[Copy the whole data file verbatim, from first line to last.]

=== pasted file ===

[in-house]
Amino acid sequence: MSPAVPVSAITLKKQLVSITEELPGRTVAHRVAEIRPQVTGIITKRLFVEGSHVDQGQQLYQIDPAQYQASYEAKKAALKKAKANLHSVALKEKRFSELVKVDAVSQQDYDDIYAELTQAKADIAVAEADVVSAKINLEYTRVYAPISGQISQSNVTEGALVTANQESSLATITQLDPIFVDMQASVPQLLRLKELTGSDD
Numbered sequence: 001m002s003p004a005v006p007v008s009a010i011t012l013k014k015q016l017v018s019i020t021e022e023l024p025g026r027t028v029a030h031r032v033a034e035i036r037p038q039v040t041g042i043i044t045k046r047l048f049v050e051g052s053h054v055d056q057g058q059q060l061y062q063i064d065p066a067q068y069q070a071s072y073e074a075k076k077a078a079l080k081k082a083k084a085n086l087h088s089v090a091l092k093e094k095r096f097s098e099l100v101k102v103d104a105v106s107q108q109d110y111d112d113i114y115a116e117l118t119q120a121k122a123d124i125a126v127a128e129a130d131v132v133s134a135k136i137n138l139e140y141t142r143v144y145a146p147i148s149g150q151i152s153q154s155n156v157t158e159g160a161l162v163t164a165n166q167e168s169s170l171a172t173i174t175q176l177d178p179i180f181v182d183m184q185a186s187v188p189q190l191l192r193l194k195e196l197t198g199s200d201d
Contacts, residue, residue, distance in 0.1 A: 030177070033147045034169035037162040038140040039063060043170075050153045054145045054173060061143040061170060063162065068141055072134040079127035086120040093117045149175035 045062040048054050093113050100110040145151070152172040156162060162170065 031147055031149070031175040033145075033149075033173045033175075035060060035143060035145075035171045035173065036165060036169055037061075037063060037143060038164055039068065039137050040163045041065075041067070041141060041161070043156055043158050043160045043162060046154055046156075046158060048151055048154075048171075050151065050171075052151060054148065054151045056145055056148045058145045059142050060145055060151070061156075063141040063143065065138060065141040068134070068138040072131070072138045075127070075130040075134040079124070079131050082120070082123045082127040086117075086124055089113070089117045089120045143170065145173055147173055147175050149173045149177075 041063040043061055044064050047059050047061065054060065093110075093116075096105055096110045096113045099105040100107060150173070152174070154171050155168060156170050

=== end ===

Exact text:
[in-house]
Amino acid sequence: MSPAVPVSAITLKKQLVSITEELPGRTVAHRVAEIRPQVTGIITKRLFVEGSHVDQGQQLYQIDPAQYQASYEAKKAALKKAKANLHSVALKEKRFSELVKVDAVSQQDYDDIYAELTQAKADIAVAEADVVSAKINLEYTRVYAPISGQISQSNVTEGALVTANQESSLATITQLDPIFVDMQASVPQLLRLKELTGSDD
Numbered sequence: 001m002s003p004a005v006p007v008s009a010i011t012l013k014k015q016l017v018s019i020t021e022e023l024p025g026r027t028v029a030h031r032v033a034e035i036r037p038q039v040t041g042i043i044t045k046r047l048f049v050e051g052s053h054v055d056q057g058q059q060l061y062q063i064d065p066a067q068y069q070a071s072y073e074a075k076k077a078a079l080k081k082a083k084a085n086l087h088s089v090a091l092k093e094k095r096f097s098e099l100v101k102v103d104a105v106s107q108q109d110y111d112d113i114y115a116e117l118t119q120a121k122a123d124i125a126v127a128e129a130d131v132v133s134a135k136i137n138l139e140y141t142r143v144y145a146p147i148s149g150q151i152s153q154s155n156v157t158e159g160a161l162v163t164a165n166q167e168s169s170l171a172t173i174t175q176l177d178p179i180f181v182d183m184q185a186s187v188p189q190l191l192r193l194k195e196l197t198g199s200d201d
Contacts, residue, residue, distance in 0.1 A: 030177070033147045034169035037162040038140040039063060043170075050153045054145045054173060061143040061170060063162065068141055072134040079127035086120040093117045149175035 045062040048054050093113050100110040145151070152172040156162060162170065 031147055031149070031175040033145075033149075033173045033175075035060060035143060035145075035171045035173065036165060036169055037061075037063060037143060038164055039068065039137050040163045041065075041067070041141060041161070043156055043158050043160045043162060046154055046156075046158060048151055048154075048171075050151065050171075052151060054148065054151045056145055056148045058145045059142050060145055060151070061156075063141040063143065065138060065141040068134070068138040072131070072138045075127070075130040075134040079124070079131050082120070082123045082127040086117075086124055089113070089117045089120045143170065145173055147173055147175050149173045149177075 041063040043061055044064050047059050047061065054060065093110075093116075096105055096110045096113045099105040100107060150173070152174070154171050155168060156170050